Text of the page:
“He is unbelievable! He so deserves this honor!” Eileen Miller enthusiastically proclaims when she learns that her husband Paul’s Visiting Volunteer, Anthony Savercool, is the Chapter’s January Volunteer of the Month. “He arrives and asks, ‘What do you need?’ He does anything and everything…including setting up and cleaning up for a fundraiser we recently held. Anthony is the consummate volunteer who gives so unselfishly. We are so thankful that our Chapter Social Worker, Mary Beth Tomczak, recommended him to us! He is an amazing soul.”
Paul echoes his wife’s words. Anthony’s visits to the Miller’s Scranton home mean so much to the family. ALS can be an isolating disease in that often, you simply cannot easily leave your home; friends and family must visit you. Despite a very busy schedule, Anthony makes time to visit the Miller family as often as possible. Paul, who has been living with ALS for seven years and is extremely active in the Chapter’s advocacy and fundraising efforts, is so appreciative of the Chapter’s Visiting Volunteer Program. Anthony is up for any task. From odd jobs, to taking Paul out for a drive, Anthony’s compassionate, caring demeanor is extraordinarily inspiring.
Anthony Savercool is no stranger to ALS. His grandmother, or Nonni Rosie, lost her life to ALS in 1999, when he was only nine years old. “I saw Nonni’s digression throughout her illness and since that time, always in the back of my mind, I knew I wanted to help people because I witnessed that pain at an early age,” says Anthony. Moving to Scranton to obtain an MS in Mental Health Counseling the University of Scranton Graduate School last April gave him that opportunity.
IF YOU WANT SOMETHING DONE, ASK A BUSY PERSON TO DO IT…
While that quote may be attributed to Benjamin Franklin, it epitomizes Anthony Savercool. Between working as a Crisis Worker for Children’s Service Center of Wyoming Valley, working as a Graduate Assistant for the Jane Kopas Women’s Center at the University of Scranton, and taking as many credits as the program permits, it was a crazy fall for him. However, the moment after he finished his last final of the semester, he immediately visited the Millers.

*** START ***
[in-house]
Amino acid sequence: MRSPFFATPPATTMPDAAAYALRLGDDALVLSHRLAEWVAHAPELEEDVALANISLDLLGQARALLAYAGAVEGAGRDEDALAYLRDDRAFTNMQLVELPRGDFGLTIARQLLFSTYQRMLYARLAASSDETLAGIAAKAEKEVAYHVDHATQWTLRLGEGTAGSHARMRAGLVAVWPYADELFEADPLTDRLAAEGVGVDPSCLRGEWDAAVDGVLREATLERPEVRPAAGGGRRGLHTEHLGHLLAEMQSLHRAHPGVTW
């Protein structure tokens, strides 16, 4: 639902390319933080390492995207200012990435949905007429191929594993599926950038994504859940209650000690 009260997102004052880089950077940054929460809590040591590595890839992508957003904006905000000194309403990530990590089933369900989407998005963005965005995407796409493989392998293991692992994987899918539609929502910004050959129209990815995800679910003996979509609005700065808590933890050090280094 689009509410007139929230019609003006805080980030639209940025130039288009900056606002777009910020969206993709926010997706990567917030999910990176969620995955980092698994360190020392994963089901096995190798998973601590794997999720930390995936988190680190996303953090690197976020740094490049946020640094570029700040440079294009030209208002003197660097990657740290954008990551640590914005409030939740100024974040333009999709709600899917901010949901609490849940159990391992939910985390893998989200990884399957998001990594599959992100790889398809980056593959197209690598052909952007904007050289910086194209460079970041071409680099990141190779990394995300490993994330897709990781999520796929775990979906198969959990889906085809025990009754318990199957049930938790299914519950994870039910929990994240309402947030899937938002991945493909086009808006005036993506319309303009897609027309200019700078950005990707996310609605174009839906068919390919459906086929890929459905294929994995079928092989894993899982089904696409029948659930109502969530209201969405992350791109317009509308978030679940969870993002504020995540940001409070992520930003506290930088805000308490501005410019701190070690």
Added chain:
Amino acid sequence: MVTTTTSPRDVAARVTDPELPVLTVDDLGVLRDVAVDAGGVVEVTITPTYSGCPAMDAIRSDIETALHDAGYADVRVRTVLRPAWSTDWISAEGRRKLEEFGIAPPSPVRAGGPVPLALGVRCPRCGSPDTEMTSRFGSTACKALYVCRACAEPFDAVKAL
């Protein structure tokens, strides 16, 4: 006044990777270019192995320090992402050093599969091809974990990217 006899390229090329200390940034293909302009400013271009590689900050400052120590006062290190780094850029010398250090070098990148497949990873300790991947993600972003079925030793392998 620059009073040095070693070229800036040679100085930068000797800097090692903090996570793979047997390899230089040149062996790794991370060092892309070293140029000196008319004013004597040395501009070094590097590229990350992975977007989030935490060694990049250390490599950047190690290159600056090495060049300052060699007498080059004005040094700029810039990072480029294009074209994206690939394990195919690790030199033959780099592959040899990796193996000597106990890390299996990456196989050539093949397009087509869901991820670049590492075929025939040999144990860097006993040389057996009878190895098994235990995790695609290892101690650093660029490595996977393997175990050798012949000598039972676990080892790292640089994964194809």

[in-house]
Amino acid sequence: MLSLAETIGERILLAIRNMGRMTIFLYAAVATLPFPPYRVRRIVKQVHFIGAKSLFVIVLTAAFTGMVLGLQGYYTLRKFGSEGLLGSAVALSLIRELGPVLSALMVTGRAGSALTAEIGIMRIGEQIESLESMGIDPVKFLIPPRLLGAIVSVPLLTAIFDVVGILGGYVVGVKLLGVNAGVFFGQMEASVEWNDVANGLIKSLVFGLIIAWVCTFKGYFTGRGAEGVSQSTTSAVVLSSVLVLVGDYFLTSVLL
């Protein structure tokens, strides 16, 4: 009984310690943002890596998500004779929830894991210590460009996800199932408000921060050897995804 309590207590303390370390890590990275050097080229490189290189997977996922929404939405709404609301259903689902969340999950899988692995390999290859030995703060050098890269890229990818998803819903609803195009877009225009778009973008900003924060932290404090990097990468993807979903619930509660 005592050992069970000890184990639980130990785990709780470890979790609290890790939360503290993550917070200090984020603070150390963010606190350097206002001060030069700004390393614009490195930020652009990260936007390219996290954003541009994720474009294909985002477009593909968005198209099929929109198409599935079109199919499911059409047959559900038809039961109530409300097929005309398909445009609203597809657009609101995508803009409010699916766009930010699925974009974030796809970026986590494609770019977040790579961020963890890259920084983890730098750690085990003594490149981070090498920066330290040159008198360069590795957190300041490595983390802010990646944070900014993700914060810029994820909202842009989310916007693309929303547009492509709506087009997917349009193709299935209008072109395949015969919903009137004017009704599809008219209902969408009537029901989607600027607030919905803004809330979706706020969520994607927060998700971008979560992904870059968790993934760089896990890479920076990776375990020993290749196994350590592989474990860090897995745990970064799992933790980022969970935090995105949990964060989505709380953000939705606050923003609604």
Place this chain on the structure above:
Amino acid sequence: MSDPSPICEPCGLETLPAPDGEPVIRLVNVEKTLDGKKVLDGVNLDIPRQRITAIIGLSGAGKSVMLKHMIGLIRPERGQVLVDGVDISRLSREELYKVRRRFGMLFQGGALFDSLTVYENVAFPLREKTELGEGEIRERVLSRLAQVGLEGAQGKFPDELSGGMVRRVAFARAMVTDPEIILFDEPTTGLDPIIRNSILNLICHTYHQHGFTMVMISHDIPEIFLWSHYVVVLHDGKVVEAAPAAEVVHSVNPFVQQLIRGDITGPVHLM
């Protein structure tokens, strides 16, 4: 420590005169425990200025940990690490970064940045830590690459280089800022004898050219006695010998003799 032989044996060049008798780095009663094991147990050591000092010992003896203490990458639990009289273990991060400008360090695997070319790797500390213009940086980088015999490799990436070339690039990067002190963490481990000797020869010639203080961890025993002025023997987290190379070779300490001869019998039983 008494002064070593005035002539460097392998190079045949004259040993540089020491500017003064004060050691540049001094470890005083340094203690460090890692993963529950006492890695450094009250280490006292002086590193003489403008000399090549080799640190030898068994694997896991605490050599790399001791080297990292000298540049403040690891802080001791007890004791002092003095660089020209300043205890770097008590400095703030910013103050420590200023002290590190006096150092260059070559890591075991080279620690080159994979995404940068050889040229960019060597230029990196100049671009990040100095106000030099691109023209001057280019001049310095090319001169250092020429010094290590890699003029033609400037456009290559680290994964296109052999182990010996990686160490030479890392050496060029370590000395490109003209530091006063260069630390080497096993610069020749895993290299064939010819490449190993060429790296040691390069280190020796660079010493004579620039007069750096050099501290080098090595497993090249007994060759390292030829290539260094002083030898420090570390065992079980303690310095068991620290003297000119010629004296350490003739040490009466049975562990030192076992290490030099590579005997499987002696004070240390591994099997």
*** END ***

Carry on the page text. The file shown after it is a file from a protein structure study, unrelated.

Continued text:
Anthony’s goal is to open a private practice in the Lehigh Valley area, which will make use of modern holistic wellness techniques and integrative theoretical orientations. His current research and professional interests include the legalization of euthanasia, end-of-life counseling, the legalization of psychedelic medication for the treatment of PTSD, depression, and terminal diseases, the development of new cognitive-behavioral techniques, and neurocounseling (the counseling field’s newest area). His experience as a Visiting Volunteer surely plays a role in the empathy and understanding he brings to his profession.
When he isn’t studying or volunteering, Anthony’s hobbies include sports (soccer is his favorite by a long shot), biking, playing guitar, cooking, and learning anything new and interesting whenever possible!
“I would say that we all need help sometimes,” remarks Anthony. “I am lucky enough to be healthy. I feel it is my responsibility to help others and one way is by getting involved in the Visiting Volunteer Program. I’m with Paul for the long-run.” Paul and Eileen Miller concur, “Any time Anthony can give, he does. Even when we are finished with a job, he says, ‘I want to give more…’” Thank you, Anthony, for your enduring commitment to helping the Millers.